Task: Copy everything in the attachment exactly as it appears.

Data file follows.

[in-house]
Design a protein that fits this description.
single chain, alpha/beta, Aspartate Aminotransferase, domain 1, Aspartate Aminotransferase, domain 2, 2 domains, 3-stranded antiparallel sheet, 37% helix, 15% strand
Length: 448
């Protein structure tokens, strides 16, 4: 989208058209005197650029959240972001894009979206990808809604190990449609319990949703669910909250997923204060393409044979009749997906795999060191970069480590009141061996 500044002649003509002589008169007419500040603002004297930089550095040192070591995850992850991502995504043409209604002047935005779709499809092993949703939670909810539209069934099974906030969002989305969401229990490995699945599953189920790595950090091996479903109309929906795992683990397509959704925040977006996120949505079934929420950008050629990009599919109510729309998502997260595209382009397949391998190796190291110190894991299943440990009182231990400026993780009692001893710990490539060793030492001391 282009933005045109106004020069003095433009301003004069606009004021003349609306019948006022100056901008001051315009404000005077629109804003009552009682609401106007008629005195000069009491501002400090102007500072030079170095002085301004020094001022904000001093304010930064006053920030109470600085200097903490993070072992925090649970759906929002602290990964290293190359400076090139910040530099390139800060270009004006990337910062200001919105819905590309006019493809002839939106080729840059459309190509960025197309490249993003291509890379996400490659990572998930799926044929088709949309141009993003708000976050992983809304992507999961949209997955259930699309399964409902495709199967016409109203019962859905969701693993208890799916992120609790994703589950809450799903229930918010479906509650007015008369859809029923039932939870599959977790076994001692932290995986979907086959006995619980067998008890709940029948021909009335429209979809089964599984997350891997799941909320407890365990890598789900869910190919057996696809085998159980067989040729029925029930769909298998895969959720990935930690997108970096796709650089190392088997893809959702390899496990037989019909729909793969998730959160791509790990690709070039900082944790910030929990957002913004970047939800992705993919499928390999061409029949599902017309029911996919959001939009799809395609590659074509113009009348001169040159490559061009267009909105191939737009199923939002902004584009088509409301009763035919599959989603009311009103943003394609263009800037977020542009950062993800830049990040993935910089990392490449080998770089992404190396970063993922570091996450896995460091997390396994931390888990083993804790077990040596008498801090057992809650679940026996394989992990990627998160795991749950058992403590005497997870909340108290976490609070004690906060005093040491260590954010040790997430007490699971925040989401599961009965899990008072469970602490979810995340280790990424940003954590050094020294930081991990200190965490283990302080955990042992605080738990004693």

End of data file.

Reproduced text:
[in-house]
Design a protein that fits this description.
single chain, alpha/beta, Aspartate Aminotransferase, domain 1, Aspartate Aminotransferase, domain 2, 2 domains, 3-stranded antiparallel sheet, 37% helix, 15% strand
Length: 448
């Protein structure tokens, strides 16, 4: 989208058209005197650029959240972001894009979206990808809604190990449609319990949703669910909250997923204060393409044979009749997906795999060191970069480590009141061996 500044002649003509002589008169007419500040603002004297930089550095040192070591995850992850991502995504043409209604002047935005779709499809092993949703939670909810539209069934099974906030969002989305969401229990490995699945599953189920790595950090091996479903109309929906795992683990397509959704925040977006996120949505079934929420950008050629990009599919109510729309998502997260595209382009397949391998190796190291110190894991299943440990009182231990400026993780009692001893710990490539060793030492001391 282009933005045109106004020069003095433009301003004069606009004021003349609306019948006022100056901008001051315009404000005077629109804003009552009682609401106007008629005195000069009491501002400090102007500072030079170095002085301004020094001022904000001093304010930064006053920030109470600085200097903490993070072992925090649970759906929002602290990964290293190359400076090139910040530099390139800060270009004006990337910062200001919105819905590309006019493809002839939106080729840059459309190509960025197309490249993003291509890379996400490659990572998930799926044929088709949309141009993003708000976050992983809304992507999961949209997955259930699309399964409902495709199967016409109203019962859905969701693993208890799916992120609790994703589950809450799903229930918010479906509650007015008369859809029923039932939870599959977790076994001692932290995986979907086959006995619980067998008890709940029948021909009335429209979809089964599984997350891997799941909320407890365990890598789900869910190919057996696809085998159980067989040729029925029930769909298998895969959720990935930690997108970096796709650089190392088997893809959702390899496990037989019909729909793969998730959160791509790990690709070039900082944790910030929990957002913004970047939800992705993919499928390999061409029949599902017309029911996919959001939009799809395609590659074509113009009348001169040159490559061009267009909105191939737009199923939002902004584009088509409301009763035919599959989603009311009103943003394609263009800037977020542009950062993800830049990040993935910089990392490449080998770089992404190396970063993922570091996450896995460091997390396994931390888990083993804790077990040596008498801090057992809650679940026996394989992990990627998160795991749950058992403590005497997870909340108290976490609070004690906060005093040491260590954010040790997430007490699971925040989401599961009965899990008072469970602490979810995340280790990424940003954590050094020294930081991990200190965490283990302080955990042992605080738990004693």